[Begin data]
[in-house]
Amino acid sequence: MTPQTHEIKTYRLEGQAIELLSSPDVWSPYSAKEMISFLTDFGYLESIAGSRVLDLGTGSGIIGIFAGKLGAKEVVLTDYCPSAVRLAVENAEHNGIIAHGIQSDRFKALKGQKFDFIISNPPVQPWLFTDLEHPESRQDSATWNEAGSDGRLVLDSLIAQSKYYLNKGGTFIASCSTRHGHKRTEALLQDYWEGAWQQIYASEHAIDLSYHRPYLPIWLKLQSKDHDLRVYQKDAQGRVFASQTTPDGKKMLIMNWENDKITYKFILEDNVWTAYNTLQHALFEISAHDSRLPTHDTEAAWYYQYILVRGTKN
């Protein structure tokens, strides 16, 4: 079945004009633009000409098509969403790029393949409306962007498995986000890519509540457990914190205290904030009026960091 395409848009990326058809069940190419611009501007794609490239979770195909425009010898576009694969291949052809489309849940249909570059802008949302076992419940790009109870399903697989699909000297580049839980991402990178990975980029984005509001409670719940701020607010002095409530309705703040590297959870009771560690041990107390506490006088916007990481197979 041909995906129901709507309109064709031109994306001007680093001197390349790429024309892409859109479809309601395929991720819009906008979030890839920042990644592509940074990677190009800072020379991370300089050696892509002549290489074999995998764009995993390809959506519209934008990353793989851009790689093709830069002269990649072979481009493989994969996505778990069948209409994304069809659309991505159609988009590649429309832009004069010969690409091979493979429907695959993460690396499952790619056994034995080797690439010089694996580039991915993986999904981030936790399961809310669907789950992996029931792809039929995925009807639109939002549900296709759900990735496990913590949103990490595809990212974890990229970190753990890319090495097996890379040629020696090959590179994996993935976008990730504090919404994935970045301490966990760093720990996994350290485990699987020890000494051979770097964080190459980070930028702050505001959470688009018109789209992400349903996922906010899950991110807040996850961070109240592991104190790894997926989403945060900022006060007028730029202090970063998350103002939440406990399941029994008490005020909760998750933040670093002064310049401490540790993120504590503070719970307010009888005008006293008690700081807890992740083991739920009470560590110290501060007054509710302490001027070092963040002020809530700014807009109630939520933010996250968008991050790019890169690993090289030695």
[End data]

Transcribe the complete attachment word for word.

[in-house]
Amino acid sequence: MTPQTHEIKTYRLEGQAIELLSSPDVWSPYSAKEMISFLTDFGYLESIAGSRVLDLGTGSGIIGIFAGKLGAKEVVLTDYCPSAVRLAVENAEHNGIIAHGIQSDRFKALKGQKFDFIISNPPVQPWLFTDLEHPESRQDSATWNEAGSDGRLVLDSLIAQSKYYLNKGGTFIASCSTRHGHKRTEALLQDYWEGAWQQIYASEHAIDLSYHRPYLPIWLKLQSKDHDLRVYQKDAQGRVFASQTTPDGKKMLIMNWENDKITYKFILEDNVWTAYNTLQHALFEISAHDSRLPTHDTEAAWYYQYILVRGTKN
């Protein structure tokens, strides 16, 4: 079945004009633009000409098509969403790029393949409306962007498995986000890519509540457990914190205290904030009026960091 395409848009990326058809069940190419611009501007794609490239979770195909425009010898576009694969291949052809489309849940249909570059802008949302076992419940790009109870399903697989699909000297580049839980991402990178990975980029984005509001409670719940701020607010002095409530309705703040590297959870009771560690041990107390506490006088916007990481197979 041909995906129901709507309109064709031109994306001007680093001197390349790429024309892409859109479809309601395929991720819009906008979030890839920042990644592509940074990677190009800072020379991370300089050696892509002549290489074999995998764009995993390809959506519209934008990353793989851009790689093709830069002269990649072979481009493989994969996505778990069948209409994304069809659309991505159609988009590649429309832009004069010969690409091979493979429907695959993460690396499952790619056994034995080797690439010089694996580039991915993986999904981030936790399961809310669907789950992996029931792809039929995925009807639109939002549900296709759900990735496990913590949103990490595809990212974890990229970190753990890319090495097996890379040629020696090959590179994996993935976008990730504090919404994935970045301490966990760093720990996994350290485990699987020890000494051979770097964080190459980070930028702050505001959470688009018109789209992400349903996922906010899950991110807040996850961070109240592991104190790894997926989403945060900022006060007028730029202090970063998350103002939440406990399941029994008490005020909760998750933040670093002064310049401490540790993120504590503070719970307010009888005008006293008690700081807890992740083991739920009470560590110290501060007054509710302490001027070092963040002020809530700014807009109630939520933010996250968008991050790019890169690993090289030695």